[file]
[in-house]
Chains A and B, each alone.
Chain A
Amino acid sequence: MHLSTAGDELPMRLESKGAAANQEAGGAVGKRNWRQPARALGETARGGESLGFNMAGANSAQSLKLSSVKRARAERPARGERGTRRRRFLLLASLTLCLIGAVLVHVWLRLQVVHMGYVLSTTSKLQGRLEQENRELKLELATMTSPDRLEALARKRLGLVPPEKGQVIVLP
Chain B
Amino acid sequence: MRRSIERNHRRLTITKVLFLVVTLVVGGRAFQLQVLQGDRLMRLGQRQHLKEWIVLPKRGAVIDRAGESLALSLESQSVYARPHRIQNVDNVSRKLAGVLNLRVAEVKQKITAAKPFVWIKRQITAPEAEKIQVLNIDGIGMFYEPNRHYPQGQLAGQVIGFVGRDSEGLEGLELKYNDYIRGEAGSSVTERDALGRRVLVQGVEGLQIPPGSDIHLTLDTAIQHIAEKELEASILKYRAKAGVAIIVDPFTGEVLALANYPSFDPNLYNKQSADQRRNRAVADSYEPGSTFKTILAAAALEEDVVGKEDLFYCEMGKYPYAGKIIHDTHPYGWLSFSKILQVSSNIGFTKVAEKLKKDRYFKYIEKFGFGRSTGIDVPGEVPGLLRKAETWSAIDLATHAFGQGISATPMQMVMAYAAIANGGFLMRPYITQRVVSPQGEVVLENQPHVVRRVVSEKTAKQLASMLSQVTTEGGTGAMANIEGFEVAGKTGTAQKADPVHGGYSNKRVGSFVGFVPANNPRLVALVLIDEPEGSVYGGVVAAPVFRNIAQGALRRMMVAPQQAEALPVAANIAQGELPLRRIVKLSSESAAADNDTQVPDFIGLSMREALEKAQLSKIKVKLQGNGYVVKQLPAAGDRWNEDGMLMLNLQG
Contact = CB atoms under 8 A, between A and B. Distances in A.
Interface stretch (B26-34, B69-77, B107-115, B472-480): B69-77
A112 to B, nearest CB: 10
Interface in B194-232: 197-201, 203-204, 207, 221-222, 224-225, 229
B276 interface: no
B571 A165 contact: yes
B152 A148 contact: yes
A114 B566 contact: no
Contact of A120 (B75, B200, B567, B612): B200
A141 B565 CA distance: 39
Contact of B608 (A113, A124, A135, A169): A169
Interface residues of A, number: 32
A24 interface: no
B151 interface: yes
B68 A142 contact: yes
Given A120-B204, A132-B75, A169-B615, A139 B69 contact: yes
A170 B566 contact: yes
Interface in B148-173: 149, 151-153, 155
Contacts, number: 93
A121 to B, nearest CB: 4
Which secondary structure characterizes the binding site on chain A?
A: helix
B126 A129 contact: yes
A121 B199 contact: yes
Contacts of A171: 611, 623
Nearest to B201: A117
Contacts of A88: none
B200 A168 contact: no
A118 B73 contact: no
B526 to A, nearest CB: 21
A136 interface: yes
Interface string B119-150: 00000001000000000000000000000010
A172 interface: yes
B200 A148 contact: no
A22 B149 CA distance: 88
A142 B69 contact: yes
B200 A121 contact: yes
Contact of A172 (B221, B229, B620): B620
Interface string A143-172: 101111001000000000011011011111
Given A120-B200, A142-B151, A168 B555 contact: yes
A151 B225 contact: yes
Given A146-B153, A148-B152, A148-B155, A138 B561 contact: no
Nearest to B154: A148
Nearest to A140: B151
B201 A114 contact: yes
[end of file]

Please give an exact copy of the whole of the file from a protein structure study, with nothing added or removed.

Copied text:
[in-house]
Chains A and B, each alone.
Chain A
Amino acid sequence: MHLSTAGDELPMRLESKGAAANQEAGGAVGKRNWRQPARALGETARGGESLGFNMAGANSAQSLKLSSVKRARAERPARGERGTRRRRFLLLASLTLCLIGAVLVHVWLRLQVVHMGYVLSTTSKLQGRLEQENRELKLELATMTSPDRLEALARKRLGLVPPEKGQVIVLP
Chain B
Amino acid sequence: MRRSIERNHRRLTITKVLFLVVTLVVGGRAFQLQVLQGDRLMRLGQRQHLKEWIVLPKRGAVIDRAGESLALSLESQSVYARPHRIQNVDNVSRKLAGVLNLRVAEVKQKITAAKPFVWIKRQITAPEAEKIQVLNIDGIGMFYEPNRHYPQGQLAGQVIGFVGRDSEGLEGLELKYNDYIRGEAGSSVTERDALGRRVLVQGVEGLQIPPGSDIHLTLDTAIQHIAEKELEASILKYRAKAGVAIIVDPFTGEVLALANYPSFDPNLYNKQSADQRRNRAVADSYEPGSTFKTILAAAALEEDVVGKEDLFYCEMGKYPYAGKIIHDTHPYGWLSFSKILQVSSNIGFTKVAEKLKKDRYFKYIEKFGFGRSTGIDVPGEVPGLLRKAETWSAIDLATHAFGQGISATPMQMVMAYAAIANGGFLMRPYITQRVVSPQGEVVLENQPHVVRRVVSEKTAKQLASMLSQVTTEGGTGAMANIEGFEVAGKTGTAQKADPVHGGYSNKRVGSFVGFVPANNPRLVALVLIDEPEGSVYGGVVAAPVFRNIAQGALRRMMVAPQQAEALPVAANIAQGELPLRRIVKLSSESAAADNDTQVPDFIGLSMREALEKAQLSKIKVKLQGNGYVVKQLPAAGDRWNEDGMLMLNLQG
Contact = CB atoms under 8 A, between A and B. Distances in A.
Interface stretch (B26-34, B69-77, B107-115, B472-480): B69-77
A112 to B, nearest CB: 10
Interface in B194-232: 197-201, 203-204, 207, 221-222, 224-225, 229
B276 interface: no
B571 A165 contact: yes
B152 A148 contact: yes
A114 B566 contact: no
Contact of A120 (B75, B200, B567, B612): B200
A141 B565 CA distance: 39
Contact of B608 (A113, A124, A135, A169): A169
Interface residues of A, number: 32
A24 interface: no
B151 interface: yes
B68 A142 contact: yes
Given A120-B204, A132-B75, A169-B615, A139 B69 contact: yes
A170 B566 contact: yes
Interface in B148-173: 149, 151-153, 155
Contacts, number: 93
A121 to B, nearest CB: 4
Which secondary structure characterizes the binding site on chain A?
A: helix
B126 A129 contact: yes
A121 B199 contact: yes
Contacts of A171: 611, 623
Nearest to B201: A117
Contacts of A88: none
B200 A168 contact: no
A118 B73 contact: no
B526 to A, nearest CB: 21
A136 interface: yes
Interface string B119-150: 00000001000000000000000000000010
A172 interface: yes
B200 A148 contact: no
A22 B149 CA distance: 88
A142 B69 contact: yes
B200 A121 contact: yes
Contact of A172 (B221, B229, B620): B620
Interface string A143-172: 101111001000000000011011011111
Given A120-B200, A142-B151, A168 B555 contact: yes
A151 B225 contact: yes
Given A146-B153, A148-B152, A148-B155, A138 B561 contact: no
Nearest to B154: A148
Nearest to A140: B151
B201 A114 contact: yes